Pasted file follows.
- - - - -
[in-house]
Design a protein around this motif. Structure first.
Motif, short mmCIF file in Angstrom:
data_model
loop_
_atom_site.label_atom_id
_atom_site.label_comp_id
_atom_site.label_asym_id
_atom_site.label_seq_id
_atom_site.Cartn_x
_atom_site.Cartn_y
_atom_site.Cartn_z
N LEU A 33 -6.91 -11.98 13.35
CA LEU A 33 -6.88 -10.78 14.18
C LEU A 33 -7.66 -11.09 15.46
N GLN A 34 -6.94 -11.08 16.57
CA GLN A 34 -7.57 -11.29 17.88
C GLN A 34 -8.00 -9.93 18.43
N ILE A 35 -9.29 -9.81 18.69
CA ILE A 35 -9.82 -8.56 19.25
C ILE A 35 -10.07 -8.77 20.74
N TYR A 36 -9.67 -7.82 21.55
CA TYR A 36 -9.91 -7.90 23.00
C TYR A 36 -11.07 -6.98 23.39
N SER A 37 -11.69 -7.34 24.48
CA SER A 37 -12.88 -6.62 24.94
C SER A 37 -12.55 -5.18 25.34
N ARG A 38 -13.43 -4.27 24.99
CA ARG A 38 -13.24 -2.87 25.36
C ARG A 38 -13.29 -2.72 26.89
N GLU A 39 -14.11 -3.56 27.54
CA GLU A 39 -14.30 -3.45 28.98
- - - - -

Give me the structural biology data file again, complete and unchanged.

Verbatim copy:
[in-house]
Design a protein around this motif. Structure first.
Motif, short mmCIF file in Angstrom:
data_model
loop_
_atom_site.label_atom_id
_atom_site.label_comp_id
_atom_site.label_asym_id
_atom_site.label_seq_id
_atom_site.Cartn_x
_atom_site.Cartn_y
_atom_site.Cartn_z
N LEU A 33 -6.91 -11.98 13.35
CA LEU A 33 -6.88 -10.78 14.18
C LEU A 33 -7.66 -11.09 15.46
N GLN A 34 -6.94 -11.08 16.57
CA GLN A 34 -7.57 -11.29 17.88
C GLN A 34 -8.00 -9.93 18.43
N ILE A 35 -9.29 -9.81 18.69
CA ILE A 35 -9.82 -8.56 19.25
C ILE A 35 -10.07 -8.77 20.74
N TYR A 36 -9.67 -7.82 21.55
CA TYR A 36 -9.91 -7.90 23.00
C TYR A 36 -11.07 -6.98 23.39
N SER A 37 -11.69 -7.34 24.48
CA SER A 37 -12.88 -6.62 24.94
C SER A 37 -12.55 -5.18 25.34
N ARG A 38 -13.43 -4.27 24.99
CA ARG A 38 -13.24 -2.87 25.36
C ARG A 38 -13.29 -2.72 26.89
N GLU A 39 -14.11 -3.56 27.54
CA GLU A 39 -14.30 -3.45 28.98